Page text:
By Logan Spurrier ’22
The culmination of the effort of the Belarussian government was put on display last week on the Polish-Belarussian Border.
Estimates suggest that up to 4,000 immigrants gathered on the doorstep of the Polish nation, prompting the government to declare a state of emergency. However, this has been a growing crisis for months.
Back in 2020, the European Union (E.U) was growing weary of Belarus, neighbor to Russia and Poland. These were due to the election that brought sitting Belarussian President Alexander Lukashenko into power, and what followed.
Officials in the West have expressed feelings that the election was corrupt and fraudulent. It would be the sixth election that he would have been the most popular vote. This is even though Lukashenko ruthlessly led the government, effectively holding all the power after a 1996 referendum.
Under Lukashenko, continued human rights violations have also occurred. Following the 2020 election, Lukashenko swiftly cracked down on opposition and general disobedience using violent, sometimes deadly, measures.
As thus, these actions prompted the E.U to place economic sanctions on Belarus.
In response, Belarus began to process the visas of immigrants at an accelerating rate. These immigrants are refugees from the war-embroiled nations of the Middle East: Iraq, Syria, Yemen, and more. They are seeking a new life within the E.U, which many believe will offer them better living conditions and opportunities than their previous homes.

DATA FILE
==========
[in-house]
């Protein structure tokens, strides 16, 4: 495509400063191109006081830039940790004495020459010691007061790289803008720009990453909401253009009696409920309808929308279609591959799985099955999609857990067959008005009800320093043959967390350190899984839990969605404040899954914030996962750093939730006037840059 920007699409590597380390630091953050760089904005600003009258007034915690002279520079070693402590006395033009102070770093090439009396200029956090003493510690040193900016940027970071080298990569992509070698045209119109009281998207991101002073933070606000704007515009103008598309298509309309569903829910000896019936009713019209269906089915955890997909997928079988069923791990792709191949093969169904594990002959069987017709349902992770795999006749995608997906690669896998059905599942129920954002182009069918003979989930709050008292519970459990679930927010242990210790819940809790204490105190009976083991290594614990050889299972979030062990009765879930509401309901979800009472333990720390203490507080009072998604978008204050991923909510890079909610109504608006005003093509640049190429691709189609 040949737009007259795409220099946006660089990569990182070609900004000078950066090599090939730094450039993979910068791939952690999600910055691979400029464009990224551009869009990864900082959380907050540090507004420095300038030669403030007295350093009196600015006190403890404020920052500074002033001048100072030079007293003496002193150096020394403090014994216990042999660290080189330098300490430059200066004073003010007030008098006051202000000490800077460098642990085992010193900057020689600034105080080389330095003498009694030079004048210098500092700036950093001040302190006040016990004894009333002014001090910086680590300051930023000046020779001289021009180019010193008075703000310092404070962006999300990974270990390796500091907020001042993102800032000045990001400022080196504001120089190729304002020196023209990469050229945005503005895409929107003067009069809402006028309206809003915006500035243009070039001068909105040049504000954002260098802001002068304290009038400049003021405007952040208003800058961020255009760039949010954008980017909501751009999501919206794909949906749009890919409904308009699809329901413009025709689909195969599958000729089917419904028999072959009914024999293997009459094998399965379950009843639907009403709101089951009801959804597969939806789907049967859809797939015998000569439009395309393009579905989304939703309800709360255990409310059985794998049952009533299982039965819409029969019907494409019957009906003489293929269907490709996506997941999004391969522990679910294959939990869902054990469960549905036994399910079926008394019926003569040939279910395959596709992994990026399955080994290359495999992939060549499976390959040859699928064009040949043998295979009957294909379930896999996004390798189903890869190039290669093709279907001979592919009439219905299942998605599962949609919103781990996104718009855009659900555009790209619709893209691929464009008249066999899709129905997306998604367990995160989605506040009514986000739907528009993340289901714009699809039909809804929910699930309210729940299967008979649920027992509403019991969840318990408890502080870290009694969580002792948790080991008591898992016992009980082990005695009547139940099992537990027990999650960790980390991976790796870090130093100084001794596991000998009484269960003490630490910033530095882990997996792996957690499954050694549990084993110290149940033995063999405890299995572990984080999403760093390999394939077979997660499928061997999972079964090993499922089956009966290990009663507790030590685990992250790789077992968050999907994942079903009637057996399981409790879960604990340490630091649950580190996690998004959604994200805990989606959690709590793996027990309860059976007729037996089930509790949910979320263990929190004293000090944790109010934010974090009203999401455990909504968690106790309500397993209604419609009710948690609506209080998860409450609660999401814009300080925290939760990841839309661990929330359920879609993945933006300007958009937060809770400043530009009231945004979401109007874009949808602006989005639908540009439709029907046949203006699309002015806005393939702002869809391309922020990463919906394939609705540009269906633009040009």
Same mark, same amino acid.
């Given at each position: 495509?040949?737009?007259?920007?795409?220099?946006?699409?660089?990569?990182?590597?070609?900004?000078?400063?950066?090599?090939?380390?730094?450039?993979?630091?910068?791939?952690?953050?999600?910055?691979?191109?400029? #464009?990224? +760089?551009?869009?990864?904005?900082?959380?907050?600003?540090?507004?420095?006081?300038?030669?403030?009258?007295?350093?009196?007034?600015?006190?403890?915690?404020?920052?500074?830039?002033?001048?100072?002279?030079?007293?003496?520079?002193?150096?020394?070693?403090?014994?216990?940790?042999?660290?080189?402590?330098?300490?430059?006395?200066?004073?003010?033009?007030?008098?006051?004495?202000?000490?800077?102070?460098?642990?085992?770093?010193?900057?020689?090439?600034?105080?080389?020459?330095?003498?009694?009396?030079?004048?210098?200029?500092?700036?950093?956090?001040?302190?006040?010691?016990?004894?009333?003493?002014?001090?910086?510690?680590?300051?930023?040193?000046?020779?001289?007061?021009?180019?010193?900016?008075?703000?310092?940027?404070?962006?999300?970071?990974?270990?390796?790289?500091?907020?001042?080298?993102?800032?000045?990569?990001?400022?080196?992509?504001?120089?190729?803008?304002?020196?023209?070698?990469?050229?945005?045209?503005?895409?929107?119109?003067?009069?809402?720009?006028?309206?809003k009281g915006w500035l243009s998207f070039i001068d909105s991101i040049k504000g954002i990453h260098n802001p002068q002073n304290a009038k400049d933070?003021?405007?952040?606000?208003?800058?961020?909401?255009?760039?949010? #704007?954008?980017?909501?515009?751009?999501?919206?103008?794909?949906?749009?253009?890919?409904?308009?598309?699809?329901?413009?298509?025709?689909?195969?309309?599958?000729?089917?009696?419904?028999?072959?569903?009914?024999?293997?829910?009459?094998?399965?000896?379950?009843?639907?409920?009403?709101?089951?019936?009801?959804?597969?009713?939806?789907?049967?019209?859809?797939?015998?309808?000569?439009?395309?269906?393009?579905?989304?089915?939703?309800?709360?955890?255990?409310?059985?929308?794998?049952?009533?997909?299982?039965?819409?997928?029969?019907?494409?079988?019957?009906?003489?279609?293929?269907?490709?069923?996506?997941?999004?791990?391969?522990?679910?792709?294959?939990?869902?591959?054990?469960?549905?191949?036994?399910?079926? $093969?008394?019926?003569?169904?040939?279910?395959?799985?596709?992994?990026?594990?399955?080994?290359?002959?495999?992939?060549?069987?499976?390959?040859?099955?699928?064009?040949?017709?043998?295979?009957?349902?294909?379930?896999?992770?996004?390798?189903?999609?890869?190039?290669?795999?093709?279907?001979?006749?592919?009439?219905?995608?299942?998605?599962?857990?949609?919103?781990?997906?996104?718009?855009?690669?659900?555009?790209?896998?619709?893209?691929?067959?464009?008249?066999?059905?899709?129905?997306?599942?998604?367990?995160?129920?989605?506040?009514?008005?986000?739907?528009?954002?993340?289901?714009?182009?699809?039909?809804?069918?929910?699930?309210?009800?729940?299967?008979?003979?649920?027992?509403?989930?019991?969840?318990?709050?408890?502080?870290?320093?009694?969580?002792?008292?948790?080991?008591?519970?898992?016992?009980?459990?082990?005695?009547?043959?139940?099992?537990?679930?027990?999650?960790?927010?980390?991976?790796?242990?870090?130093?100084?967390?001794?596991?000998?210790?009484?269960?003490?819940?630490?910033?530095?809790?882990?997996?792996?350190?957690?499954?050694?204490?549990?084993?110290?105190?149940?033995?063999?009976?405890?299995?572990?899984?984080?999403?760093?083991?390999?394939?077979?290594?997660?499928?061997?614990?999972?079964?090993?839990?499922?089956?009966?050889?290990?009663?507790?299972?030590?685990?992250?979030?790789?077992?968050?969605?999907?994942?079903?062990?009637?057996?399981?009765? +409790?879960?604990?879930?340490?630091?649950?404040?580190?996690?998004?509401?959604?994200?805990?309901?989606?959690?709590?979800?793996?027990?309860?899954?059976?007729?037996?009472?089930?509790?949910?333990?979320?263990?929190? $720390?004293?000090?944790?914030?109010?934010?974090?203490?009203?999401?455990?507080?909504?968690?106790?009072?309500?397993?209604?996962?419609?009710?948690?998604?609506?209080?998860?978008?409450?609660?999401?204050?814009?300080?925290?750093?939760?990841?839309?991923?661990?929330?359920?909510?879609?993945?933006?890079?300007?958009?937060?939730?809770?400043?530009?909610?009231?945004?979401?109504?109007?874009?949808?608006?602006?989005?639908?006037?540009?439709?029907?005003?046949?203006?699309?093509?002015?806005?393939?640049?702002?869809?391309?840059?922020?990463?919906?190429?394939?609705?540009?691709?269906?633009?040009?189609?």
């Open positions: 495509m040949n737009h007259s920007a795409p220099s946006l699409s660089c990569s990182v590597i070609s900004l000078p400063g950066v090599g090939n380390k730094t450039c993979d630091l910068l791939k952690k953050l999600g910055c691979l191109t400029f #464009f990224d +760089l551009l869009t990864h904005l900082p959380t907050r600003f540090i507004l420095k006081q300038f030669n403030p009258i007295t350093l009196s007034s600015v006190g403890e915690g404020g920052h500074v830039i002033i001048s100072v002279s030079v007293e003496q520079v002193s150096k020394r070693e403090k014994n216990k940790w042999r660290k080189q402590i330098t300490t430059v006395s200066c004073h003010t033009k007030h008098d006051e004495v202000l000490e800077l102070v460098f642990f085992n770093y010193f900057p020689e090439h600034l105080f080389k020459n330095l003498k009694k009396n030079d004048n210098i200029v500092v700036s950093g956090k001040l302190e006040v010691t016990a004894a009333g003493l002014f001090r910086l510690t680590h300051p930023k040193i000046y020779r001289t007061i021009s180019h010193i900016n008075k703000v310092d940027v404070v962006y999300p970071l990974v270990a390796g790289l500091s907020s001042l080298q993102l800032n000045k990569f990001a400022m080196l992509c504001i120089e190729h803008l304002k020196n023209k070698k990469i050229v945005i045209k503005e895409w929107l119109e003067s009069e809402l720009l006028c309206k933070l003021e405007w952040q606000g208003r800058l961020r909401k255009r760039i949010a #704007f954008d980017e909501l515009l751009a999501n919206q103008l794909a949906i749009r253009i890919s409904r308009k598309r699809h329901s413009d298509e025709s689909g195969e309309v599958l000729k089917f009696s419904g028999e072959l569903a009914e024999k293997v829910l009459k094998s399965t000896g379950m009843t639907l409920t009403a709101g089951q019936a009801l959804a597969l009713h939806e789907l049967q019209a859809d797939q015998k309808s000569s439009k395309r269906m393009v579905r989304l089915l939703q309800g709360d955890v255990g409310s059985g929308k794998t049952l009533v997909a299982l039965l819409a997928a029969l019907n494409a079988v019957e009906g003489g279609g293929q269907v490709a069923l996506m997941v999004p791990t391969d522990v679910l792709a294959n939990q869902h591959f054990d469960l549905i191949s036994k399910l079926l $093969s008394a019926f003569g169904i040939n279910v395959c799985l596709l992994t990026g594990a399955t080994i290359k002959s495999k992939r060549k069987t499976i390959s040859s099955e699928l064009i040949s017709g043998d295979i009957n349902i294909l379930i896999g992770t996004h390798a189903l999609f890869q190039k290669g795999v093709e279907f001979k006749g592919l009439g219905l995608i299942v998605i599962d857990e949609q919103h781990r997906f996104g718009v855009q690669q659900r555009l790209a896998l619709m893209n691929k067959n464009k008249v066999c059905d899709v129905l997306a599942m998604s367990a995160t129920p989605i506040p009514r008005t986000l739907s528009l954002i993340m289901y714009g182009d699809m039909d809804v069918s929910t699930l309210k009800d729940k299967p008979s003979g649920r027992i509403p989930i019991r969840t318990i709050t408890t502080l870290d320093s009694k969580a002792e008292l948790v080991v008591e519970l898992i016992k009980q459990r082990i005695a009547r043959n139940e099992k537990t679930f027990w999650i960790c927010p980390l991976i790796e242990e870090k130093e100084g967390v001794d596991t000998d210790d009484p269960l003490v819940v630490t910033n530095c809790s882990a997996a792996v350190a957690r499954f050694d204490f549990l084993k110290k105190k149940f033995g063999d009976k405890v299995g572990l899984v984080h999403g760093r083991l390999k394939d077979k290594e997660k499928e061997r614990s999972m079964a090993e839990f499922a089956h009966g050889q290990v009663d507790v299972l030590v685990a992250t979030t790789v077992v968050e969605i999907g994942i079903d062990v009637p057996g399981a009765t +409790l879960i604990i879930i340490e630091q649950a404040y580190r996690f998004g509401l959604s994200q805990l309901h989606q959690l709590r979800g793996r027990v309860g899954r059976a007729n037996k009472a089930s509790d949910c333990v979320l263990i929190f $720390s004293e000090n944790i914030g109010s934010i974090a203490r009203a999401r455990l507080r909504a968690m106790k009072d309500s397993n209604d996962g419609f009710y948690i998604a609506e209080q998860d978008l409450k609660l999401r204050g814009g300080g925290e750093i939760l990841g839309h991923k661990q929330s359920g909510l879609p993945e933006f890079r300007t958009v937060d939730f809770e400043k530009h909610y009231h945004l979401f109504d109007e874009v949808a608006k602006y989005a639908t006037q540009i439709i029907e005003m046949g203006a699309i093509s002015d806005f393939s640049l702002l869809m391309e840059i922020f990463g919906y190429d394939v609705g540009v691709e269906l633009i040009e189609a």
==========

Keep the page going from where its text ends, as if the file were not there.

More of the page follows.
However, these immigrants are now being used by Belarus in another war, a hybrid one.
By massing these immigrants on the Polish border, it places pressure on the E.U to lift the sanctions it placed. For a decade, E.U has been struggling with a large influx of refugees from the war-torn regions of the world. So, yet further waves of immigrants from Belarus is akin to an actual military threat.
Luckily for some, immigrants have made it across the barbed wire and through the water cannons of the Polish Border Guards. However, many are still trapped in Belarus.
The conditions for those left behind are improving, as the host nation tries to ease the tensions by moving the immigrants to contained areas. It is nothing compared to the life they were promised in western Europe.
It remains to be seen whether Belarus continues to leave the floodgates open or admit defeat in this war.